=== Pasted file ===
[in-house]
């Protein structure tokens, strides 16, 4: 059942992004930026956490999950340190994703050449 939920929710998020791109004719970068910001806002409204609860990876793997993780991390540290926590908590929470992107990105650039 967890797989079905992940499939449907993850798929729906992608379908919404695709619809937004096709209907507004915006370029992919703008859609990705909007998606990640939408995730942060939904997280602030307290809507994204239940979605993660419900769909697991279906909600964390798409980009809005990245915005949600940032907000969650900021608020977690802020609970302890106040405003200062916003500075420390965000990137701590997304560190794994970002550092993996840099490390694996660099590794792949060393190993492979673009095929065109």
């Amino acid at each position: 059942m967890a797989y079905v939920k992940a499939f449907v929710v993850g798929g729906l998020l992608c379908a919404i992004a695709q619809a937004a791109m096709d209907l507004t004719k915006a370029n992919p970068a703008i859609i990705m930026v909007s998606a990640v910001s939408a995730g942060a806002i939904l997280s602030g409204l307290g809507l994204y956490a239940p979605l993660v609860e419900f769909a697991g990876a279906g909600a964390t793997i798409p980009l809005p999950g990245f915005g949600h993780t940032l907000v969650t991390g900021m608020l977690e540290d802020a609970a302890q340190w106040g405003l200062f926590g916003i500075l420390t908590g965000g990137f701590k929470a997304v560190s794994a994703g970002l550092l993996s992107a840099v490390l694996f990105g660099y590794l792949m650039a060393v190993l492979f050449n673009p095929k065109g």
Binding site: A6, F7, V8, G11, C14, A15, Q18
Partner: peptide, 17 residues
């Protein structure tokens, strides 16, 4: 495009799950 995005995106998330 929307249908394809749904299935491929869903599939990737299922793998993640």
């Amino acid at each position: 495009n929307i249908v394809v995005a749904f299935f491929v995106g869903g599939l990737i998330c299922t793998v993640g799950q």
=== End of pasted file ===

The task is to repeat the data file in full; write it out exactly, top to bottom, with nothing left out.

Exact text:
[in-house]
């Protein structure tokens, strides 16, 4: 059942992004930026956490999950340190994703050449 939920929710998020791109004719970068910001806002409204609860990876793997993780991390540290926590908590929470992107990105650039 967890797989079905992940499939449907993850798929729906992608379908919404695709619809937004096709209907507004915006370029992919703008859609990705909007998606990640939408995730942060939904997280602030307290809507994204239940979605993660419900769909697991279906909600964390798409980009809005990245915005949600940032907000969650900021608020977690802020609970302890106040405003200062916003500075420390965000990137701590997304560190794994970002550092993996840099490390694996660099590794792949060393190993492979673009095929065109």
């Amino acid at each position: 059942m967890a797989y079905v939920k992940a499939f449907v929710v993850g798929g729906l998020l992608c379908a919404i992004a695709q619809a937004a791109m096709d209907l507004t004719k915006a370029n992919p970068a703008i859609i990705m930026v909007s998606a990640v910001s939408a995730g942060a806002i939904l997280s602030g409204l307290g809507l994204y956490a239940p979605l993660v609860e419900f769909a697991g990876a279906g909600a964390t793997i798409p980009l809005p999950g990245f915005g949600h993780t940032l907000v969650t991390g900021m608020l977690e540290d802020a609970a302890q340190w106040g405003l200062f926590g916003i500075l420390t908590g965000g990137f701590k929470a997304v560190s794994a994703g970002l550092l993996s992107a840099v490390l694996f990105g660099y590794l792949m650039a060393v190993l492979f050449n673009p095929k065109g």
Binding site: A6, F7, V8, G11, C14, A15, Q18
Partner: peptide, 17 residues
């Protein structure tokens, strides 16, 4: 495009799950 995005995106998330 929307249908394809749904299935491929869903599939990737299922793998993640």
């Amino acid at each position: 495009n929307i249908v394809v995005a749904f299935f491929v995106g869903g599939l990737i998330c299922t793998v993640g799950q």